Sold at Le Roux-Morel–Mathias on June 9 was a pair of marble sphynxes, one of which is shown, for €115,000 (£76,665).

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The castings were not by Rudier, with whom Maillol usually worked, but came from the little-known Rue de Belleville foundry of Florentin Godard (whose F. Godard signature is sometimes confused with the Fondrerie Godard owned by Désiré and Emile Godard). Maillol met Florentin Godard in 1908 and their fitful collaboration is not thought to have survived World War One, although they remained friends. Maillol's muse and legatee, Dina Vierny, suggested in the Binoche catalogue that the statuettes offered here may have been a gift from Maillol to Godard. All were described as unique castings and came from the estate of Renée Gilles, Florentin Godard's daughter-in-law.

Five of the eight sold, for a total of €294,000 (£196,000), led by the 1899 Baigneuse se Coiffant, 10 1/2in (27cm) high, at €82,000 (£54,665). The figure appears to have been a favourite of Maillol's; he kept a version at his home in Banyuls, and another in his studio near Paris. The other four statuettes to find takers were all female nudes in different poses; the unsold works were less typical of Maillol's oeuvre-two armless nudes and a Bergère (Shepherdess) in a transparent ankle-length robe.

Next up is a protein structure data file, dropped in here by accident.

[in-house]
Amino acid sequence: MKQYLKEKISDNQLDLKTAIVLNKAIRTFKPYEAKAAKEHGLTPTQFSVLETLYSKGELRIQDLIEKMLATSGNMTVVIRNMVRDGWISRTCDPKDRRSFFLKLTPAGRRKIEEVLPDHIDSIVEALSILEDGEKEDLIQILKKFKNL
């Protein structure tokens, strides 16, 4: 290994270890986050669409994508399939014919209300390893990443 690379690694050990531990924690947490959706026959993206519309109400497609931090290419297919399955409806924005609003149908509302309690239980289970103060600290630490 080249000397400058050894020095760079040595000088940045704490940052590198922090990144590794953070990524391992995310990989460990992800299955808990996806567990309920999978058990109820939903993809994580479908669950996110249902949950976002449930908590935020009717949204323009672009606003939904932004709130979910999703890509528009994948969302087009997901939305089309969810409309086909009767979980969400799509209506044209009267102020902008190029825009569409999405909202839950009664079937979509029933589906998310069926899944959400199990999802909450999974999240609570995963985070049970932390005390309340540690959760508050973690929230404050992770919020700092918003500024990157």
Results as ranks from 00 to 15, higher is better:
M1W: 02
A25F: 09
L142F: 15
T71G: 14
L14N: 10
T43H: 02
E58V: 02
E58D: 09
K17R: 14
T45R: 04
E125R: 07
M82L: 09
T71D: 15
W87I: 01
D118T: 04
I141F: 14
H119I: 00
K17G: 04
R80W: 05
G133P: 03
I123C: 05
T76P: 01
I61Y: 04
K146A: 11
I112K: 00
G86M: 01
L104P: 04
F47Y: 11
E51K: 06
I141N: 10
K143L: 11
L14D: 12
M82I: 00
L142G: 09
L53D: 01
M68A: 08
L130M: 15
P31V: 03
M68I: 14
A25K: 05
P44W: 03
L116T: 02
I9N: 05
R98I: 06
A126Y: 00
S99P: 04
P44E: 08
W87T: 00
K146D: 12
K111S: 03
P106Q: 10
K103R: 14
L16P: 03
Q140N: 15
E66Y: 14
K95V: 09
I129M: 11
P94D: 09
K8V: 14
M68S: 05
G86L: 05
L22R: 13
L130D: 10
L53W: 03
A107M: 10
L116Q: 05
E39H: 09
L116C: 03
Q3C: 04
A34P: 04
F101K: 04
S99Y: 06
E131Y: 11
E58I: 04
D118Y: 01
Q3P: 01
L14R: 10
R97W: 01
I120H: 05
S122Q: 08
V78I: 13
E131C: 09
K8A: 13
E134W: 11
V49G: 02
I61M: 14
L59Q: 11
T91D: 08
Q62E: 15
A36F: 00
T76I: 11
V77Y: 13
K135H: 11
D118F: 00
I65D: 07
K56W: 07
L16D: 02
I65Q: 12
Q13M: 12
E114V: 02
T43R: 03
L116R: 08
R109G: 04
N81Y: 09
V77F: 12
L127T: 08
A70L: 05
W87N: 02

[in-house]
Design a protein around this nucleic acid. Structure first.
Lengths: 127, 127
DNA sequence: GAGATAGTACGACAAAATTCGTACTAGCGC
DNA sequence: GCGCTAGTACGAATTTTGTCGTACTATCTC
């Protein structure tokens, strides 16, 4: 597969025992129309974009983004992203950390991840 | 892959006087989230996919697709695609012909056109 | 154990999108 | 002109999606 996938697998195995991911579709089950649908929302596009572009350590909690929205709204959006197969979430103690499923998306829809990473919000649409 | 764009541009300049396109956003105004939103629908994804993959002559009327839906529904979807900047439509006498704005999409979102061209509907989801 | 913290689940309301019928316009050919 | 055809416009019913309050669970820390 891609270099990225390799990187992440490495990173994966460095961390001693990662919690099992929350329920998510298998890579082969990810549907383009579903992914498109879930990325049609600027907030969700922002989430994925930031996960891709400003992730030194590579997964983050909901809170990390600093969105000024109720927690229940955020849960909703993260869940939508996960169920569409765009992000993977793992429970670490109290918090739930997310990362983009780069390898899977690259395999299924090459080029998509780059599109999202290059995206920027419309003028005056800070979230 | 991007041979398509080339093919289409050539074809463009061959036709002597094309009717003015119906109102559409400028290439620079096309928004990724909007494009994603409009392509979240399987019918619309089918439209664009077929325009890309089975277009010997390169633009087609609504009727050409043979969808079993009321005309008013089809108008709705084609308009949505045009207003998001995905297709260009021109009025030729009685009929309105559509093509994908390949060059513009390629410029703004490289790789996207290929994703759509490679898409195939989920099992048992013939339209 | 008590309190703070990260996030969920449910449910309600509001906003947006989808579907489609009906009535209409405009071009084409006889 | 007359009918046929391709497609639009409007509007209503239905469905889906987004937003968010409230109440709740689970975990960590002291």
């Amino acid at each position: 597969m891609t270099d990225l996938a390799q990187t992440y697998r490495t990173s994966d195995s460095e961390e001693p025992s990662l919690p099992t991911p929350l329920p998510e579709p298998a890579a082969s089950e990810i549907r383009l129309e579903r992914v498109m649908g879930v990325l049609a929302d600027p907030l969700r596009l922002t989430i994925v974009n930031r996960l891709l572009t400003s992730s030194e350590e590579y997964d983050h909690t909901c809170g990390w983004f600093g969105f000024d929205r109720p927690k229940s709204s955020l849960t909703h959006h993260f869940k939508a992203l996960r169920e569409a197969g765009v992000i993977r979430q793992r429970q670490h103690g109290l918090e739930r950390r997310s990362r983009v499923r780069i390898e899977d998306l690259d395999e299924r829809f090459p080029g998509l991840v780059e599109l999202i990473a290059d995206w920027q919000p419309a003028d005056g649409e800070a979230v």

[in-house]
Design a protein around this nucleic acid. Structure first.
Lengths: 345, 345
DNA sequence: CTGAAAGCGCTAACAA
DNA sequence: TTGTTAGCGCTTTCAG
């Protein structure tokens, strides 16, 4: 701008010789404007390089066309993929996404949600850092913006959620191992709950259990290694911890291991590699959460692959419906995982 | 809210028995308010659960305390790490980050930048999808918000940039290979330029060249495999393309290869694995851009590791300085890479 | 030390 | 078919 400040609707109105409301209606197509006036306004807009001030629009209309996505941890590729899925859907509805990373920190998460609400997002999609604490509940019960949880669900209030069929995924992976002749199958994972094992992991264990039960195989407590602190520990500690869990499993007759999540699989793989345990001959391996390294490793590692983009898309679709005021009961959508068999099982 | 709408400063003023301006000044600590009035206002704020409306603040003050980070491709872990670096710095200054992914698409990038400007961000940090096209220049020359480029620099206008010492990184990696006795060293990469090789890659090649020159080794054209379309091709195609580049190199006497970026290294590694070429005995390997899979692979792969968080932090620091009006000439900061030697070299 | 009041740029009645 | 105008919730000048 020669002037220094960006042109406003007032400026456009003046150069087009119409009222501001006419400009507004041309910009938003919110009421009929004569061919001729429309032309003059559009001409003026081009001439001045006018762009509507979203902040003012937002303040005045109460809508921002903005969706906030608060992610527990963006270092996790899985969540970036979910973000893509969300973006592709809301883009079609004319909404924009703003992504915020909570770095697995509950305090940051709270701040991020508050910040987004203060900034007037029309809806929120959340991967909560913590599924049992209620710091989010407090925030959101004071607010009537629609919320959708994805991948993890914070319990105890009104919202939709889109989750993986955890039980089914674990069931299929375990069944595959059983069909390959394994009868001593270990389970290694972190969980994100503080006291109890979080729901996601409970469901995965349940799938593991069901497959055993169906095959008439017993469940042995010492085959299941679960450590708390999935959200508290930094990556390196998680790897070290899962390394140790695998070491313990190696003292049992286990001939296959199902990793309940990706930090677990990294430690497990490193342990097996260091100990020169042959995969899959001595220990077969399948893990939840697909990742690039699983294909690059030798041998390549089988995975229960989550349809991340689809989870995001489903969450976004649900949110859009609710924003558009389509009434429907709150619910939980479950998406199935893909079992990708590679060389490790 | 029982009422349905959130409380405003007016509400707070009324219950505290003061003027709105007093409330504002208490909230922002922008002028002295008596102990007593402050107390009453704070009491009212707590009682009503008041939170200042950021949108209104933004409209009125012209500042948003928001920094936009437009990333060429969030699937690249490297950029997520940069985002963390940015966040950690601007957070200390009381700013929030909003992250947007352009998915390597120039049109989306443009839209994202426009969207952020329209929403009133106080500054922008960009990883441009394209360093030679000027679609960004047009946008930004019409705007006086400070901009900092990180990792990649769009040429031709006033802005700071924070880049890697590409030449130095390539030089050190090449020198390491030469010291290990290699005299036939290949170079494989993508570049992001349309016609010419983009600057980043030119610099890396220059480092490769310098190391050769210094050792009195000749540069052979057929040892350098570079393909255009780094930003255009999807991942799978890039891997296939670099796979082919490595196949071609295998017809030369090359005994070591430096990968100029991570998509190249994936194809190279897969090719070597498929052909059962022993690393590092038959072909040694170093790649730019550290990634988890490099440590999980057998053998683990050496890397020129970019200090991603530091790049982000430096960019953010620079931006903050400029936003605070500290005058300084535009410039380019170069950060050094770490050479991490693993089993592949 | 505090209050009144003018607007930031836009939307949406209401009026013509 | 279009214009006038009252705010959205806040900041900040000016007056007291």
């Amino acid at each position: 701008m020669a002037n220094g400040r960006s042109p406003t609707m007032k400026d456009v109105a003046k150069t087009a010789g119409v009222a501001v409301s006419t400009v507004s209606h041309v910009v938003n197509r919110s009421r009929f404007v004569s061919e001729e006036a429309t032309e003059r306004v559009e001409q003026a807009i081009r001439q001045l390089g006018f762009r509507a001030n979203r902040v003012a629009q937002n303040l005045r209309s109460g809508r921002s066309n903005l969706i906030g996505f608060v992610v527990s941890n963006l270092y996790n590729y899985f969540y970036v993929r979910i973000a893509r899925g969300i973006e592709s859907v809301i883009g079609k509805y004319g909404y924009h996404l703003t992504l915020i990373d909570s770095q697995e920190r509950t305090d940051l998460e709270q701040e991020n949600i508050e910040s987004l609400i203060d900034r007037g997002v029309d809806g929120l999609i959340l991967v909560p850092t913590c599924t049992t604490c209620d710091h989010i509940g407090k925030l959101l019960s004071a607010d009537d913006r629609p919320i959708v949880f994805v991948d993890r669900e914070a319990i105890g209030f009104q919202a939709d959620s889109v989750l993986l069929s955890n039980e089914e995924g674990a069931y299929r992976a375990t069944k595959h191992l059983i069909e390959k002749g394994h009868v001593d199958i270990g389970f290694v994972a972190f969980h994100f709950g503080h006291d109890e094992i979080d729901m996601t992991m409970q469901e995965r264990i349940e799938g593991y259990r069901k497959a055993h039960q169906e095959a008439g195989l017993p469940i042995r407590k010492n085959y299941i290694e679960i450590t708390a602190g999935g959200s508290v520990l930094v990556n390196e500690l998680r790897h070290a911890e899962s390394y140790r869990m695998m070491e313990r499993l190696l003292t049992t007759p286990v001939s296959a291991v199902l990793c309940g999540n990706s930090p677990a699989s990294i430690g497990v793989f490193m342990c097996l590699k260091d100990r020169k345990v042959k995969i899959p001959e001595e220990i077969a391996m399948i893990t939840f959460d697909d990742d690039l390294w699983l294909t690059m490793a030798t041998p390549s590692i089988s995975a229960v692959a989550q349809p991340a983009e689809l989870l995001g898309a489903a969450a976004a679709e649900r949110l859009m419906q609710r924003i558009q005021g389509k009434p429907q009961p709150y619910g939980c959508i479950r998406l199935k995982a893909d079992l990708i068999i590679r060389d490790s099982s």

Top price at the Binoche sale, though, was €190,000 (£126,665) for a small, early Picasso Cubist bronze Tête de Femme (1906-07), 4 3/4in (12cm) tall, and one of just three known castings, again by Florentin Godard. This, too, hailed from the Renée Gilles estate.

A pair of exuberant, white marble winged sphynxes signed Eugène Piat, 4ft 10in (1.48m) tall, dated 1873, sold for a quadruple-estimate €115,000 (£76,665) at Le Roux-Morel-Mathias (17.94-14.35% buyer's premium) on June 9. The sphynxes wore diadems, necklaces and earrings, had lion-heads on their chests, and were each perched on a base draped with a scroll featuring an unidentified coat of arms. Two similar sphynxes by Piat belong to the Fine Arts museum in Troyes - one in marble, the other in cast iron - along with a reduced version in plaster. The design is typical of Piat's mid-19th century eclecticism. He is perhaps best known for his clock, ewer and firedog designs, and his work featured at the Expositions Universelles of 1862, 1867 and 1889. Prosper Mérimée was one of his biggest fans.